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An annual tradition from Lake Superior State University identifies the most overused words of 2011

'Baby bump', 'Man cave' make banned words list

Don't let these words occupy your vocabulary in 2012

Lake Superior State University: Banished Words List

Word Warriors' 2012 Top 10

A Dictionary of the English Language by Samuel Johnson

1828 Edition of Noah Webster's Dictionary

Words and phrases come and go, and sometimes they are inspired by certain fads or geographical regions. In New England, to say something is "wicked" is not to imply a certain evil quality, but that something is in fact most excellent. Of course, certain words or phrases become overused, and a linguistic and cultural backlash can ensue over time. The folks at Lake Superior State University have published their annual list of overused words since 1976, and this year's list contains some rather (overly) familiar phrases. The formal name of the list is the "List of Words Banished from the Queen's English for Misuse, Overuse and General Usefulness" and it was released last Friday. The items on this year's list included "baby bump," "occupy," "man cave" and "the new normal." One curious addition to this year's list was "amazing." Some of those nominating this word noted that it seems to be frequently overused on reality TV programs and by certain news commentators. One person who nominated "amazing" remarked that "People use 'amazing for anything that is nice or heartwarming. In other words, for things that are not amazing."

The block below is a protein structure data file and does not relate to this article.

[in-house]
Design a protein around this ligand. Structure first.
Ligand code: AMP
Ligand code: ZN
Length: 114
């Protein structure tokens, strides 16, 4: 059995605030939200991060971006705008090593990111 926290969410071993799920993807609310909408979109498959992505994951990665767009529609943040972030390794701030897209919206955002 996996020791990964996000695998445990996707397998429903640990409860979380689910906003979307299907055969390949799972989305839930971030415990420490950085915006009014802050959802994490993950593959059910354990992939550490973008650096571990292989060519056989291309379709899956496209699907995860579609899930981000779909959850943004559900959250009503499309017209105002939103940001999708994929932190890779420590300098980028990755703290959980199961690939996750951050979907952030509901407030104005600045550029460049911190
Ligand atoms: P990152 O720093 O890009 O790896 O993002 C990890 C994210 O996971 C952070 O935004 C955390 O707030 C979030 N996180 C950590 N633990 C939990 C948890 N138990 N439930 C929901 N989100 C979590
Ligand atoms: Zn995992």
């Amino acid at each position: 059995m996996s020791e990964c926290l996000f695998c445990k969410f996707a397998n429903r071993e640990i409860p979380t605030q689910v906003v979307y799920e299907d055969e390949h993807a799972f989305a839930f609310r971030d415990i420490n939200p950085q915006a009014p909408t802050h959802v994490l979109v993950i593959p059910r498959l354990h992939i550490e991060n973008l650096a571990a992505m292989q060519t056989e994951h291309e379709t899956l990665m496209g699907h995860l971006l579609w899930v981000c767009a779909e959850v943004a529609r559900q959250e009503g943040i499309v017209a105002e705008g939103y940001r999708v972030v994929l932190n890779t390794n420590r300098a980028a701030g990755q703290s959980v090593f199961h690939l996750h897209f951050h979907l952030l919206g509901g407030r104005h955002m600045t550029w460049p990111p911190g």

The first link will take users to an article from USA Today about the annual banned words list. The second link leads to a piece from Sunday's Globe and Mail which talks about the origins of the list. Moving along, the third link will lead interested parties to the complete 2011 list from Lake Superior State University, along with commentary from nominators. The fourth link leads to a list of words compiled by Wayne State University that deserve greater use, not less. The list includes words such as supercilious, truckle, and frisson. The fifth link leads visitors to a digital version of Samuel Johnson's celebrated 1755 English dictionary. Finally, the last link leads to the homepage of the 1828 American Dictionary of the English Language created by that noted lexicographer Noah Webster.
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